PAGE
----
|Credit: NASA/JPL-Caltech/E. Churchwell (University of Wisconsin-Madison)|
(Spaceflight.com) RCW 79 is seen in the southern Milky Way, 17,200 light-years from Earth in the constellation Centaurus in this spectacular image from the Spitzer Space Telescope. The bubble is 70-light years in diameter, and probably took about one million years to form from the radiation and winds of hot young stars.
The balloon of gas and dust is an example of stimulated star formation. Such stars are born when the hot bubble expands into the interstellar gas and dust around it. RCW 79 has spawned at least two groups of new stars along the edge of the large bubble. Some are visible inside the small bubble in the lower left corner. Another group of baby stars appears near the opening at the top.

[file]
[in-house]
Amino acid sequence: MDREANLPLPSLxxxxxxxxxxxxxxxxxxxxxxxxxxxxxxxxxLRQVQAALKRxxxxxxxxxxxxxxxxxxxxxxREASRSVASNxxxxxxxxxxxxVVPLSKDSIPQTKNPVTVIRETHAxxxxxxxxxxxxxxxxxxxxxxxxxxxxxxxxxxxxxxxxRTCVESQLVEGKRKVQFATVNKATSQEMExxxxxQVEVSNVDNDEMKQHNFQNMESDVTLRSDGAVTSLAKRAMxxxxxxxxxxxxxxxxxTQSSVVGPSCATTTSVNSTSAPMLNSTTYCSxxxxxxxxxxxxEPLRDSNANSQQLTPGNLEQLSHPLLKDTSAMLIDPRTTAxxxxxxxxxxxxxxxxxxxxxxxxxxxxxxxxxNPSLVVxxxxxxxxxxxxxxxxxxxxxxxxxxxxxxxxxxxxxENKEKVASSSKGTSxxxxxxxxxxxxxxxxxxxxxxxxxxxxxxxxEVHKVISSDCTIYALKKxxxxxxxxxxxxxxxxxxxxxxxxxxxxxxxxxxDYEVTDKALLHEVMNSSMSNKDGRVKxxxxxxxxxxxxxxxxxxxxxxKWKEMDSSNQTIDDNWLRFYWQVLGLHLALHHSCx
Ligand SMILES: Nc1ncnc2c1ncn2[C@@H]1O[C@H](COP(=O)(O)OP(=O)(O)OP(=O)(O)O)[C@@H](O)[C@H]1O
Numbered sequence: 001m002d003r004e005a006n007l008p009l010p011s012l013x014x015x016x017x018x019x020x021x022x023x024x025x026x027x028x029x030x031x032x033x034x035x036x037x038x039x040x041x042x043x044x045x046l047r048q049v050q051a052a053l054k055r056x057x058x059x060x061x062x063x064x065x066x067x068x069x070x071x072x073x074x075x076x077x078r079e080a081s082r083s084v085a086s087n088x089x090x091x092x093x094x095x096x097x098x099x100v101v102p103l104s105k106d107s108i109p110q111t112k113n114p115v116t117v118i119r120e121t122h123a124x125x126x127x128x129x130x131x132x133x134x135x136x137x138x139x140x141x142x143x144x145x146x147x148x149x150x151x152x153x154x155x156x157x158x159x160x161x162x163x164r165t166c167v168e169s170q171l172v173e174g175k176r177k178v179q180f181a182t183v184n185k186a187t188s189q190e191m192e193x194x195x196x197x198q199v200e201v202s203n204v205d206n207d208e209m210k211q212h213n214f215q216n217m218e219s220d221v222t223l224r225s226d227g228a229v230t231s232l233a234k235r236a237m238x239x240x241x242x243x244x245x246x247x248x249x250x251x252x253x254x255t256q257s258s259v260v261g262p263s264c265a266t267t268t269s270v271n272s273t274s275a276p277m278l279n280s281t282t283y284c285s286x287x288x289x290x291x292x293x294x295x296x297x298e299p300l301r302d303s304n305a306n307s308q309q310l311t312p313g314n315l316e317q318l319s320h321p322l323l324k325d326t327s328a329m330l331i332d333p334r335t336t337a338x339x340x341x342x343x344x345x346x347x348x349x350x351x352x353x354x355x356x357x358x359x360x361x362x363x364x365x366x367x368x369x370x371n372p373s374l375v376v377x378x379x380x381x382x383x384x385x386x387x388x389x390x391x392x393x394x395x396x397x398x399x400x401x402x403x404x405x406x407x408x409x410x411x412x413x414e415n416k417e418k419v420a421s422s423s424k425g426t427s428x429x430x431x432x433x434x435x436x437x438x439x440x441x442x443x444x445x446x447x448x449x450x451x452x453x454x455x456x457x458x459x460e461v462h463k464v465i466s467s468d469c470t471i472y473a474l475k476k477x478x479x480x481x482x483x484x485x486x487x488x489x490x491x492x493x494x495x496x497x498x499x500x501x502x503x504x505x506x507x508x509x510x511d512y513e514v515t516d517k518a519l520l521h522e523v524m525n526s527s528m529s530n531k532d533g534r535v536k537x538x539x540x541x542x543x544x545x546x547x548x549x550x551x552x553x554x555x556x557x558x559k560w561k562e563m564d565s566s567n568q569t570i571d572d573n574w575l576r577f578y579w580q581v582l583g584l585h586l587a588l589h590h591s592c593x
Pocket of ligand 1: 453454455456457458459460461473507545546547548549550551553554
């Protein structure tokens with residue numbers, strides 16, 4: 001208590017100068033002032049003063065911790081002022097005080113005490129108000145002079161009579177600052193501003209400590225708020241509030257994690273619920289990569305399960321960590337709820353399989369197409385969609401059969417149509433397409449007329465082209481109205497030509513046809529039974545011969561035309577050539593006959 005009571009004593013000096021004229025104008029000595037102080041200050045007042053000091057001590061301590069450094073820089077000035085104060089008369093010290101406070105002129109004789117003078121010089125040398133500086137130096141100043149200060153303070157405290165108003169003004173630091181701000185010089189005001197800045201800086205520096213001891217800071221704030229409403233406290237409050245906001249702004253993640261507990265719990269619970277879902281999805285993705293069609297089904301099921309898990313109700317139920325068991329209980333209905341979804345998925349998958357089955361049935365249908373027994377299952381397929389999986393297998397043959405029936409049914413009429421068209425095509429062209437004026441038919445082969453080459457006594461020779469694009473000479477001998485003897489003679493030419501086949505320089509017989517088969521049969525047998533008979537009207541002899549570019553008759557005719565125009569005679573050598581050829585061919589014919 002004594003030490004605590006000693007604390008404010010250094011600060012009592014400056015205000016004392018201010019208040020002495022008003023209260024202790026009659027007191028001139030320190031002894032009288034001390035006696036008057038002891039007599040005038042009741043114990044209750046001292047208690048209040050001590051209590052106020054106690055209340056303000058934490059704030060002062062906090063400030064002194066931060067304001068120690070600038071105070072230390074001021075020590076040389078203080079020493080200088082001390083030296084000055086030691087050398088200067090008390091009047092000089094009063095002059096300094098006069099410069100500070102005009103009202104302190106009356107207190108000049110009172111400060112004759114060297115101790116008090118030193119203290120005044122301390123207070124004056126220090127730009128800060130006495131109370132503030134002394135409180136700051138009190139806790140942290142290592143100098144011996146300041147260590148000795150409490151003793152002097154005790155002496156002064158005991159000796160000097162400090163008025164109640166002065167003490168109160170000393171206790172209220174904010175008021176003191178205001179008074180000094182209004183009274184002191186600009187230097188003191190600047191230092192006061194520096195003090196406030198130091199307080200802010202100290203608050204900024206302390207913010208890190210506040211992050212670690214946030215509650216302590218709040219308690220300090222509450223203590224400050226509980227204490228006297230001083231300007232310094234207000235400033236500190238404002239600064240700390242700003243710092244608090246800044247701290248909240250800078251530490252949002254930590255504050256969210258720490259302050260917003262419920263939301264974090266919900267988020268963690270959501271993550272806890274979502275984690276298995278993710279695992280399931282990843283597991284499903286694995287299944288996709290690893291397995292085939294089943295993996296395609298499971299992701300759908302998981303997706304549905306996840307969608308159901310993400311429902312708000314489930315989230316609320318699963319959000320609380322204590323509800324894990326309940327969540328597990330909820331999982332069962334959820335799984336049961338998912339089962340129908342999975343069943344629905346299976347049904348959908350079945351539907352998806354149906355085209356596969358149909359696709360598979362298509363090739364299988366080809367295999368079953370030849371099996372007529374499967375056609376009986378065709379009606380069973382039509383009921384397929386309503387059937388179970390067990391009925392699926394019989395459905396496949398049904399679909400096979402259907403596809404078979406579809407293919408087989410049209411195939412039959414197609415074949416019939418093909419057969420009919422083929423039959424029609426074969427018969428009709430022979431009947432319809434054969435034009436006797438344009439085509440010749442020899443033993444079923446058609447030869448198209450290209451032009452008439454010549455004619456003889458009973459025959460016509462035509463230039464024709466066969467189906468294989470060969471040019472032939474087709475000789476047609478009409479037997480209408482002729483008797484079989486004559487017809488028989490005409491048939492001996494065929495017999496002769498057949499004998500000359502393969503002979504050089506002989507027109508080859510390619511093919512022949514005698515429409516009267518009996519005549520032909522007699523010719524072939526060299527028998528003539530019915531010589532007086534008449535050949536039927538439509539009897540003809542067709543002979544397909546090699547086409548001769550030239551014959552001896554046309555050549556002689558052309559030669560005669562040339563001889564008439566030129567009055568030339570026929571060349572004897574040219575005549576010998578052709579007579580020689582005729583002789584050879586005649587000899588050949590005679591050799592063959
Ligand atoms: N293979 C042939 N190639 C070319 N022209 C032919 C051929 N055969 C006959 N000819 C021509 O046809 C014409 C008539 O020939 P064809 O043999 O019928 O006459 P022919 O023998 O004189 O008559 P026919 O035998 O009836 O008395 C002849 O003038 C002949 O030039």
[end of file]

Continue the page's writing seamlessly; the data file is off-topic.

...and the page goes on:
NASA's Spitzer Space Telescope easily detects infrared light from the dust particles in RCW 79. The young stars within RCW 79 radiate ultraviolet light that excites molecules of dust within the bubble. This causes the dust grains to emit infrared light that is detected by Spitzer and seen here as the extended red features.
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